Memo To: John McLaughlin
From: Jude Wanniski
Re: Reform the IMF
Congratulations on a wonderful episode of "The McLaughlin Group" on Sunday, September 5. To devote the entire show to the "immigration issue" was a bold stroke -- and you assembled a good group to kick it around. You had opposite poles representing the open-borders crowd and the close-the-borders crowd, as well as Eleanor Clift and Tony Blankley, hemming and hawing somewhere in the middle. Your position is not quite "close-the-borders," but to advocate a temporary moratorium on federal programs to allow more and more educated immigrants is in that direction. Exactly 25 years ago, in a September 1974 op-ed for ,The Wall Street Journal, I laid out the basic prescriptions for our national economy, "It's Time to Cut Taxes," which included the supply-side reforms of the monetary system as well. In the piece, which was essentially an interview with Robert Mundell, the Canadian economist who revived the classical supply-side ideas, I observed that once we fixed our domestic economy, we would have to share this wisdom with the rest of the world. In the reductio ad absurdum, if one country does everything right, and the rest of the world does everything wrong, the rest of the world will migrate to the one country that does it right, and the rest of the world would be empty.
This is why I title this memo "An Alternative to Immigration," which is to "Reform the International Monetary Fund." When you wonder why so many educated people from other countries are clamoring to get into the United States, take a look and you will find their countries have been victimized by the IMF and/or World Bank or U.S. Treasury (which for all intents and purposes is really the puppet-master of the international financial institutions.) It was the Treasury and IMF that engineered the Mexico peso devaluation of December 1994, which sent a million Mexican nationals swarming over the border in search of a better life here. Our Treasury Secretary, Larry Summers, who was one of the ringleaders in that crime against humanity, now has the gall to take credit for "bailing out Mexico," by which he means the transfer of U.S. taxpayer funds to the Mexican government so it could pay its hard-currency debt to our banks.
If you look back throughout American history, John, you will find open-immigration policies always were supported by the commercial establishment. When they could not trump the Jeffersonian policies of opening up the western lands -- which siphoned off their cheap labor, the industrialists backed the Hamiltonian policies of open immigration and a modest protective tariff. The liberal immigration policy we have today is supported by the same commercial establishment that pushed Mexico into a wicked recession that freed up its cheap labor. As you noted on your program, we think nothing of skimming the rest of the world of its most talented people -- except for their lawyers. I totally agreed with Dan Stein of FAIR, who said that if we didn't have access to this cheap labor, we would be forced to upgrade the skills of our native-born minority population. We are not only warehousing almost 2 million blacks and Hispanics in our federal, state and local prisons, we also are doing almost nothing to upgrade their skills while they have nothing better to do all day than make license plates.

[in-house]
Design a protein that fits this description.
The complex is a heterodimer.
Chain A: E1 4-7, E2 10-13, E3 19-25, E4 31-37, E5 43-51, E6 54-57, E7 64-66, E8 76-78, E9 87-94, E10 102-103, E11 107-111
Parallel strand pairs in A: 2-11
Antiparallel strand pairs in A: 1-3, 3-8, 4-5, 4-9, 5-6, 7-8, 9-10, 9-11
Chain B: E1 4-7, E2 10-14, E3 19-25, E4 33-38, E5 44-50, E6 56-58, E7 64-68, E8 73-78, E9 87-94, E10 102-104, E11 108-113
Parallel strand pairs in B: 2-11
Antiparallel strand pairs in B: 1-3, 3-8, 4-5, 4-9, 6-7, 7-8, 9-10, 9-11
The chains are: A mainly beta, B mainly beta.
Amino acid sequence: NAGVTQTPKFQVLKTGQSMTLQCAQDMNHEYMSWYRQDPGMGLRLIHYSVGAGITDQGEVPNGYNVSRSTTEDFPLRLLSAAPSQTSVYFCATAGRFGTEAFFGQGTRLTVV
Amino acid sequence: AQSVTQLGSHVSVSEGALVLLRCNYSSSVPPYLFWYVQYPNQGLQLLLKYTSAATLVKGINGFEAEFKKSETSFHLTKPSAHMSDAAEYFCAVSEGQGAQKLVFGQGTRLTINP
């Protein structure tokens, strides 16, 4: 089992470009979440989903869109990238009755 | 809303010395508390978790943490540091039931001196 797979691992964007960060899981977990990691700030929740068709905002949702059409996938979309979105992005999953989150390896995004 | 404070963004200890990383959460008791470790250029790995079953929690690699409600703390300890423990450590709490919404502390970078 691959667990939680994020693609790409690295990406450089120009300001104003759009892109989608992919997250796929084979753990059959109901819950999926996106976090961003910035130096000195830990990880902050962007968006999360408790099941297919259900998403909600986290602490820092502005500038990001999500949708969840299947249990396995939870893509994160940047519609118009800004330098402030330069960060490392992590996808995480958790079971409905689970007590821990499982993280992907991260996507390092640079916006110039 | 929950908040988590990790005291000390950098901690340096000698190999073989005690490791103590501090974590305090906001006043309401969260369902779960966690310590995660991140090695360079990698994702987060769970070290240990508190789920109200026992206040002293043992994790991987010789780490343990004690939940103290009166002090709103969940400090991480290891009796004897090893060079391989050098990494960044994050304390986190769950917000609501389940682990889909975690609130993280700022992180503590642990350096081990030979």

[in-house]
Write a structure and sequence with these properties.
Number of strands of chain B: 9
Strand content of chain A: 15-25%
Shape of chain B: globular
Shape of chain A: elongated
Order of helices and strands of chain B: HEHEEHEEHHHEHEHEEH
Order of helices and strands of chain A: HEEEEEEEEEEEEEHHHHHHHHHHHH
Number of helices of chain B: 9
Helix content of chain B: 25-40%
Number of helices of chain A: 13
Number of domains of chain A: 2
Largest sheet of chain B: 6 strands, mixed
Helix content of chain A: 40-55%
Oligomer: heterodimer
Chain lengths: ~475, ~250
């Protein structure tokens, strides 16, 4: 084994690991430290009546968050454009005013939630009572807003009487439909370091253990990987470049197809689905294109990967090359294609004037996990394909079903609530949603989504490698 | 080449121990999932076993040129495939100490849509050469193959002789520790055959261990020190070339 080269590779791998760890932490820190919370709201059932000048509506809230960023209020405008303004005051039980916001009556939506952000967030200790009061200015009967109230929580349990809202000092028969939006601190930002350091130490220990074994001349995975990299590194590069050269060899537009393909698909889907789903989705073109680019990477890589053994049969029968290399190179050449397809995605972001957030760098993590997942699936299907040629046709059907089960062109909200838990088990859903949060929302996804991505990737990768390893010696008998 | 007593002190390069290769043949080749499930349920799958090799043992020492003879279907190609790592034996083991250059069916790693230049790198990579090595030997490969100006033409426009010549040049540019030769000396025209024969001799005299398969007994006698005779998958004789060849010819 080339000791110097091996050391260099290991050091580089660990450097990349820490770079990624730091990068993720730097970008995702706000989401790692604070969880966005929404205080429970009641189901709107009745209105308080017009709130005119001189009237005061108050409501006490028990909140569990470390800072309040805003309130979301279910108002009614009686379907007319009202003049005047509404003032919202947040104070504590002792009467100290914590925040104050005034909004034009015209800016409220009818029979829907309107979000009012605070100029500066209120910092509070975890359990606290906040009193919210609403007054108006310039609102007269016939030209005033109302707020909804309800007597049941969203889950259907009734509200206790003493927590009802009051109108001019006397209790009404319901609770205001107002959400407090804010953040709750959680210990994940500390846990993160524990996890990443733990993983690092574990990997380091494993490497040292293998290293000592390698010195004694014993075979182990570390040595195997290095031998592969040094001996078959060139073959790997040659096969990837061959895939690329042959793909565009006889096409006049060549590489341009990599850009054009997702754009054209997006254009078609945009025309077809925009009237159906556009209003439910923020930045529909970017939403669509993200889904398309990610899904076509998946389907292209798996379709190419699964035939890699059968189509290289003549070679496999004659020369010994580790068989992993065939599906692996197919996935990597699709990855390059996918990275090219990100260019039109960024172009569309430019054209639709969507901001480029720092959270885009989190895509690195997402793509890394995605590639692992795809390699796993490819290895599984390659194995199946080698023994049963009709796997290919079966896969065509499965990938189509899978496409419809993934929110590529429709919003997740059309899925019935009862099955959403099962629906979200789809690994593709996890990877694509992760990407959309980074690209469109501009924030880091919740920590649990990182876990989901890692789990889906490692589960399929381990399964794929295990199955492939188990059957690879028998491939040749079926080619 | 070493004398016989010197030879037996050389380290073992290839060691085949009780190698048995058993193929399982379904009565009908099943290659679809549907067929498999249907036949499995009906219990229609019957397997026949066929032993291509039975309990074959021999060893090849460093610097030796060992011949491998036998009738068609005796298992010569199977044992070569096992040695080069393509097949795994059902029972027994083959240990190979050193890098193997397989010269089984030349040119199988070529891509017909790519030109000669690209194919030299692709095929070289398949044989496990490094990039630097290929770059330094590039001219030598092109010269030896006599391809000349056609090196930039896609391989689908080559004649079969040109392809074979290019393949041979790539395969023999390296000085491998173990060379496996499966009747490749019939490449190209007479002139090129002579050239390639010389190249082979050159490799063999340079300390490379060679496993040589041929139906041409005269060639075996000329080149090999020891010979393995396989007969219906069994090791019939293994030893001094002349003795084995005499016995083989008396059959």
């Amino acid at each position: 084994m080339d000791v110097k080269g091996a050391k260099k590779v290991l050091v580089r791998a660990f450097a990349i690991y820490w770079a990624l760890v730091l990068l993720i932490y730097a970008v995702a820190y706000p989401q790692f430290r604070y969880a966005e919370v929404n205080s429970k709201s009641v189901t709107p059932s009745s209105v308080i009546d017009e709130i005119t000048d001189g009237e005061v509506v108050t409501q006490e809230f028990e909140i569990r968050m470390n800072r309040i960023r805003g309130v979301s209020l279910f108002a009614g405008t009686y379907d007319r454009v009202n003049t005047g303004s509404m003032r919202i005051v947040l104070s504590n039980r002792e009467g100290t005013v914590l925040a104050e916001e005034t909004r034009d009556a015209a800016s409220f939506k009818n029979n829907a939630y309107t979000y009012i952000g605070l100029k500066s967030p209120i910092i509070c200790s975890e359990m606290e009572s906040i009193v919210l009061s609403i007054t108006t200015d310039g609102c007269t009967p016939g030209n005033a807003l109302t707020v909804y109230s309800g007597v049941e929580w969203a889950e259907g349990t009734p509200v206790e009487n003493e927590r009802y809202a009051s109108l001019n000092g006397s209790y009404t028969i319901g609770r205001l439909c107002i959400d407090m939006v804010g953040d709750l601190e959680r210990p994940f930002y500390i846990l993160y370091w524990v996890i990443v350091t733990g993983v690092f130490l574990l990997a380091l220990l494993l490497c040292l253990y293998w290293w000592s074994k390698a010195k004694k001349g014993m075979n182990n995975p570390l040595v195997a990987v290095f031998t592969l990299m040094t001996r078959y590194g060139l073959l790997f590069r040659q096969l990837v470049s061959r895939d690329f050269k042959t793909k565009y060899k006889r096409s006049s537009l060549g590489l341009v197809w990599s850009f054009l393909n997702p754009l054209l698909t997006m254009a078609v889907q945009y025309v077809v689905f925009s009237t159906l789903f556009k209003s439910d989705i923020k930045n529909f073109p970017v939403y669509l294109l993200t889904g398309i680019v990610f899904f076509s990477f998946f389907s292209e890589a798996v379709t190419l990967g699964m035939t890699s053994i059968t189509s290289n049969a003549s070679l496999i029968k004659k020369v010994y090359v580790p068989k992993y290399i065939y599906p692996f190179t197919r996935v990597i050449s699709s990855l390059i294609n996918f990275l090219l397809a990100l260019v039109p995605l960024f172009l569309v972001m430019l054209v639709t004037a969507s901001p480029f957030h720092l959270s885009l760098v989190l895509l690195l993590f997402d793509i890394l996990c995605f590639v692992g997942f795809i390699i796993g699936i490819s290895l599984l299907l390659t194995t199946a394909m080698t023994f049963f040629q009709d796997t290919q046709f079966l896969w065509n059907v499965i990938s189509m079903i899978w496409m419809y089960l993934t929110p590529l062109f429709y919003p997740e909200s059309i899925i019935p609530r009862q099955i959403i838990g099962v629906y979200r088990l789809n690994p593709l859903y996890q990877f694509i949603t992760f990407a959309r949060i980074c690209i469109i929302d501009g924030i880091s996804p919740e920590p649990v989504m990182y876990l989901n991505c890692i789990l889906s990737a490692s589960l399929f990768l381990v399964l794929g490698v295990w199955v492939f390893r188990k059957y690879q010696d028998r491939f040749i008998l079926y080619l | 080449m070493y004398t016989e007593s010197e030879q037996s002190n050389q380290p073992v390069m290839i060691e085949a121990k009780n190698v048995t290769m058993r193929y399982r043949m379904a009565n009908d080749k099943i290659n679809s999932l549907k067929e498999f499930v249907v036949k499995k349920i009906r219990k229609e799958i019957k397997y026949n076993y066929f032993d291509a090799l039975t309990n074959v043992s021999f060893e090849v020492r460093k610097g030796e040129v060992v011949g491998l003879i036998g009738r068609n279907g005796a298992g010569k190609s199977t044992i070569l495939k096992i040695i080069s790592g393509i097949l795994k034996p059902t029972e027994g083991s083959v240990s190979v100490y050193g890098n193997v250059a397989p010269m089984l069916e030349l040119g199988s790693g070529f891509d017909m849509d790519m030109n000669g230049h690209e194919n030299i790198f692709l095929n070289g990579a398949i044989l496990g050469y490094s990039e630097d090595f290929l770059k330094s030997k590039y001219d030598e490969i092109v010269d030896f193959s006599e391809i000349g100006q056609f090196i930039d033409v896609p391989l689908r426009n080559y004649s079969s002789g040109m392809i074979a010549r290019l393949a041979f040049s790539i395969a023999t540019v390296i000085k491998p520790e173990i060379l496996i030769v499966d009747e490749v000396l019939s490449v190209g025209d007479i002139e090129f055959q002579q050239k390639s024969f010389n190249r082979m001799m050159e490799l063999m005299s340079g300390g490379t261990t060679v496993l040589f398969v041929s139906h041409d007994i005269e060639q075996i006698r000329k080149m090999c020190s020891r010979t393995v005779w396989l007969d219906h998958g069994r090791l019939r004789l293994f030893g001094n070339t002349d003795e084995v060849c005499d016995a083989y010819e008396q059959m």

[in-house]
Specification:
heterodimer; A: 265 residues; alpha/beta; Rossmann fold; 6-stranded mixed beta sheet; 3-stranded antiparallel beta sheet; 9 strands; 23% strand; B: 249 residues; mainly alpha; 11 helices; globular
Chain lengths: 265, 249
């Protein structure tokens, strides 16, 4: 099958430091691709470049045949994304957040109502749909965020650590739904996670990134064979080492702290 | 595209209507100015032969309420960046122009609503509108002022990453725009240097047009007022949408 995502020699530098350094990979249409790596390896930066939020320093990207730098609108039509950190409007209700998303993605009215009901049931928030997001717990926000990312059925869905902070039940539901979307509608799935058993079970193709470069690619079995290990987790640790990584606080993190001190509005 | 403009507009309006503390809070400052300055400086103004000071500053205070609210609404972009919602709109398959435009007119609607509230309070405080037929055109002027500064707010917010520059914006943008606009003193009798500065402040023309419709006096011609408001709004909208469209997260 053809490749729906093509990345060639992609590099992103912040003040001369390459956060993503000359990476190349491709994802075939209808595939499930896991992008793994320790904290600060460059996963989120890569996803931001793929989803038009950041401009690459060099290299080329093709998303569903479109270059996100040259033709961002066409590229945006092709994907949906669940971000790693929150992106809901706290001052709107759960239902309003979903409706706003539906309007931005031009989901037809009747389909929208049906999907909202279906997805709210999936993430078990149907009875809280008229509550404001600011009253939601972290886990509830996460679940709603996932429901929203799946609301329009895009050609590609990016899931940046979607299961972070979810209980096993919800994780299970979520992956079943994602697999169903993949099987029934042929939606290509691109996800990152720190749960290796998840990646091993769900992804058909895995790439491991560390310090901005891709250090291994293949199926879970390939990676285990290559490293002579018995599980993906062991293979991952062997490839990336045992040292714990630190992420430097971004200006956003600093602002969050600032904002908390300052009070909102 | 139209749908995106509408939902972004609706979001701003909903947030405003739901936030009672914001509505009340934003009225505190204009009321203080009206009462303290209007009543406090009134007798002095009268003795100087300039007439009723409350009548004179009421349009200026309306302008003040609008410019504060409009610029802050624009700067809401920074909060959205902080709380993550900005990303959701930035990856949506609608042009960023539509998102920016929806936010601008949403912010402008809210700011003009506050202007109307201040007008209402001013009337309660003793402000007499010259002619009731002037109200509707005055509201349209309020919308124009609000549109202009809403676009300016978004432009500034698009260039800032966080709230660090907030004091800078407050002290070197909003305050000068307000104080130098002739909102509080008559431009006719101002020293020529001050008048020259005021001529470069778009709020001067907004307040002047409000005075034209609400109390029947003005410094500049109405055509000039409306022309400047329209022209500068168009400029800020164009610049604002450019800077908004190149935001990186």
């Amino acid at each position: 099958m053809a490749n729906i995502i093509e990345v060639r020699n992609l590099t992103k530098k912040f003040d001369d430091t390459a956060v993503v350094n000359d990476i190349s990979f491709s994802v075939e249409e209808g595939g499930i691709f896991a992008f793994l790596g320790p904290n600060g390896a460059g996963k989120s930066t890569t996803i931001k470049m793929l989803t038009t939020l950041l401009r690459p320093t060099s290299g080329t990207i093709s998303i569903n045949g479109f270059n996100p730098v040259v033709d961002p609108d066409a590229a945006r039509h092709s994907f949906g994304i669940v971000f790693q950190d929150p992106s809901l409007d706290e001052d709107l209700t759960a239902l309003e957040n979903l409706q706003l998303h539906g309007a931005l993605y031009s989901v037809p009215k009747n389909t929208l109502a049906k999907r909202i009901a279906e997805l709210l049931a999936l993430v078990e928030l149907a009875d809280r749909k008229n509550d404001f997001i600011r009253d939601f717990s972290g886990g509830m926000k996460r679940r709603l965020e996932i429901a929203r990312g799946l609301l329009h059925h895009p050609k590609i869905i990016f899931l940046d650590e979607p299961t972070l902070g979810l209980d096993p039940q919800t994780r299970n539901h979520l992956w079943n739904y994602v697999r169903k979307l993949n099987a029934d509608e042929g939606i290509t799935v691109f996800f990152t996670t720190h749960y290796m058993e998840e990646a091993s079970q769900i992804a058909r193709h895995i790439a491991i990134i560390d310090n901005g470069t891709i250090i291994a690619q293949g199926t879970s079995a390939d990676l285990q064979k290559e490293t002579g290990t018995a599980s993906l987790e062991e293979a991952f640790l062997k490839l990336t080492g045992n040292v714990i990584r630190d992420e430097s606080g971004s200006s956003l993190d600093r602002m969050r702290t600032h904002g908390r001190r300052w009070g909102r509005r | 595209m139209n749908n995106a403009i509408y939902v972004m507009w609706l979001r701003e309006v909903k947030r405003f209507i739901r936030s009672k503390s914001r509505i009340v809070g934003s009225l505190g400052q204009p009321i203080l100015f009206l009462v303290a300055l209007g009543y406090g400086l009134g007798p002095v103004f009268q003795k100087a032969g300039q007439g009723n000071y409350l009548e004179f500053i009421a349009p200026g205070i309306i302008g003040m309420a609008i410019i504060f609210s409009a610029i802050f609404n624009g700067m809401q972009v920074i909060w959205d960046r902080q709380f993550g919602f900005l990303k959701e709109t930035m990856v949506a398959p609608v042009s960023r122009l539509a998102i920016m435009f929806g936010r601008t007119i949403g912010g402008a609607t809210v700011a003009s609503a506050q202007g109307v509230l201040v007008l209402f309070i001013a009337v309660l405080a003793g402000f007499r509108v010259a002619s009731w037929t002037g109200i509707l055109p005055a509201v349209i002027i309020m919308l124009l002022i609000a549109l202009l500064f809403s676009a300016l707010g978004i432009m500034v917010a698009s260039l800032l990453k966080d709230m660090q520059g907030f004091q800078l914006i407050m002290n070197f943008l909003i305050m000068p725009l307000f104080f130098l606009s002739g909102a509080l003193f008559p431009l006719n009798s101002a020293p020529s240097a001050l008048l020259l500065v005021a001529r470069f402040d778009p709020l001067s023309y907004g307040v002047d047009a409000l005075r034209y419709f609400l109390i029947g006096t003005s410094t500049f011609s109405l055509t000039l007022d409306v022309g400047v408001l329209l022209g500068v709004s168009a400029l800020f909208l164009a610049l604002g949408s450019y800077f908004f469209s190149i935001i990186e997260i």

When I say "Reform the IMF," I mean turn its programs completely upside-down. Instead of giving it billions of dollars of taxpayer money to be used to destroy the economies of the poorest countries with austerity schemes that always fail, change its personnel and policies to finance supply-side growth policies. If Mexico were growing at 10% a year, which it could easily do if it did not have the IMF on its back -- preventing it from cutting oppressive tax rates and stabilizing the peso -- Mexican nationals who have flooded into the Southwest would be going home to participate in the boom. We would be without their cheap labor, so we would have no choice but to train our native-born population, educate our prison population, and allow financial capital to flow from the top of our economy to the bottom -- not by ordering banks to lend money to bad credit risks, but by eliminating the tax on capital gains, which rewards those investors who invest in successful long shots.
Again, my congratulations to you with this "Memo on the Margin" to a McLaughlin on the Margin. After 25 years of making these arguments with zero resonance in the news media, I was delighted to see you devote an entire show to the matter. The first of many, I hope, as the presidential campaign begins to unfold now that vacations are over, the kids are back in school, and their parents begin to focus on the serious issues facing the nation and the world.